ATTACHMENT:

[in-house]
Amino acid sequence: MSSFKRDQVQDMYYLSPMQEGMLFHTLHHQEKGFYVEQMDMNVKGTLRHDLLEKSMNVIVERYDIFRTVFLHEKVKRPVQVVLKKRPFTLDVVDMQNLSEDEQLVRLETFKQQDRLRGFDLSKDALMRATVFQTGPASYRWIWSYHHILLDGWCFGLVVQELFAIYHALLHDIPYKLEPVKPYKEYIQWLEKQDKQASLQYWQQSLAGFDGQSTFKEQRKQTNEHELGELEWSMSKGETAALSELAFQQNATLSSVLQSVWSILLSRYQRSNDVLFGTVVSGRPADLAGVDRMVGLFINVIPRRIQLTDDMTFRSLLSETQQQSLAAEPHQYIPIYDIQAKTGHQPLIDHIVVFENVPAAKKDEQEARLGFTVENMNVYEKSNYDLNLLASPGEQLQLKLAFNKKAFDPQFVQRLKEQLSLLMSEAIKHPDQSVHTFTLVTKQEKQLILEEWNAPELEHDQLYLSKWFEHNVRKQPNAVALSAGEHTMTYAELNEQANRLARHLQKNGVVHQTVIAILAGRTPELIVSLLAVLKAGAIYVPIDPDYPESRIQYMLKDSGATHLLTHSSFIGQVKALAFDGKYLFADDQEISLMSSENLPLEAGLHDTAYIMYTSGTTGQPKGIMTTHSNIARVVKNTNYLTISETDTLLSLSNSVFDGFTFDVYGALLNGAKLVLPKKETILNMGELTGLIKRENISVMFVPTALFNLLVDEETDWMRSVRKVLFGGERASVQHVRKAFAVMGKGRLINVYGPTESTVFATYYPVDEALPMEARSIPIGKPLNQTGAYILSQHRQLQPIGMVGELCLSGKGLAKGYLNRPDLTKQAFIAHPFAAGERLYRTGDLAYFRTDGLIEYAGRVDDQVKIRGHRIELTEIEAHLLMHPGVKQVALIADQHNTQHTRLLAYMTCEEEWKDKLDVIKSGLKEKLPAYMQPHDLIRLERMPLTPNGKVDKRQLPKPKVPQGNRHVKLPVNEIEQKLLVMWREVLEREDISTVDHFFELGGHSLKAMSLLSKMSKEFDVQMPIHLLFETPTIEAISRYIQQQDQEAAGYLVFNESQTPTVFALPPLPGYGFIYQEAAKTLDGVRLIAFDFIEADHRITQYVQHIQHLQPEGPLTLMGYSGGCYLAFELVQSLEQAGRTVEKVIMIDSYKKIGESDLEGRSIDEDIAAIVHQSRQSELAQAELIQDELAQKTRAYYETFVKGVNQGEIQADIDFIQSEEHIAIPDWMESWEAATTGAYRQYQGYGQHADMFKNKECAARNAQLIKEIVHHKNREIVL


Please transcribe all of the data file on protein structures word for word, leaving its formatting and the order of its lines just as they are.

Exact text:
[in-house]
Amino acid sequence: MSSFKRDQVQDMYYLSPMQEGMLFHTLHHQEKGFYVEQMDMNVKGTLRHDLLEKSMNVIVERYDIFRTVFLHEKVKRPVQVVLKKRPFTLDVVDMQNLSEDEQLVRLETFKQQDRLRGFDLSKDALMRATVFQTGPASYRWIWSYHHILLDGWCFGLVVQELFAIYHALLHDIPYKLEPVKPYKEYIQWLEKQDKQASLQYWQQSLAGFDGQSTFKEQRKQTNEHELGELEWSMSKGETAALSELAFQQNATLSSVLQSVWSILLSRYQRSNDVLFGTVVSGRPADLAGVDRMVGLFINVIPRRIQLTDDMTFRSLLSETQQQSLAAEPHQYIPIYDIQAKTGHQPLIDHIVVFENVPAAKKDEQEARLGFTVENMNVYEKSNYDLNLLASPGEQLQLKLAFNKKAFDPQFVQRLKEQLSLLMSEAIKHPDQSVHTFTLVTKQEKQLILEEWNAPELEHDQLYLSKWFEHNVRKQPNAVALSAGEHTMTYAELNEQANRLARHLQKNGVVHQTVIAILAGRTPELIVSLLAVLKAGAIYVPIDPDYPESRIQYMLKDSGATHLLTHSSFIGQVKALAFDGKYLFADDQEISLMSSENLPLEAGLHDTAYIMYTSGTTGQPKGIMTTHSNIARVVKNTNYLTISETDTLLSLSNSVFDGFTFDVYGALLNGAKLVLPKKETILNMGELTGLIKRENISVMFVPTALFNLLVDEETDWMRSVRKVLFGGERASVQHVRKAFAVMGKGRLINVYGPTESTVFATYYPVDEALPMEARSIPIGKPLNQTGAYILSQHRQLQPIGMVGELCLSGKGLAKGYLNRPDLTKQAFIAHPFAAGERLYRTGDLAYFRTDGLIEYAGRVDDQVKIRGHRIELTEIEAHLLMHPGVKQVALIADQHNTQHTRLLAYMTCEEEWKDKLDVIKSGLKEKLPAYMQPHDLIRLERMPLTPNGKVDKRQLPKPKVPQGNRHVKLPVNEIEQKLLVMWREVLEREDISTVDHFFELGGHSLKAMSLLSKMSKEFDVQMPIHLLFETPTIEAISRYIQQQDQEAAGYLVFNESQTPTVFALPPLPGYGFIYQEAAKTLDGVRLIAFDFIEADHRITQYVQHIQHLQPEGPLTLMGYSGGCYLAFELVQSLEQAGRTVEKVIMIDSYKKIGESDLEGRSIDEDIAAIVHQSRQSELAQAELIQDELAQKTRAYYETFVKGVNQGEIQADIDFIQSEEHIAIPDWMESWEAATTGAYRQYQGYGQHADMFKNKECAARNAQLIKEIVHHKNREIVL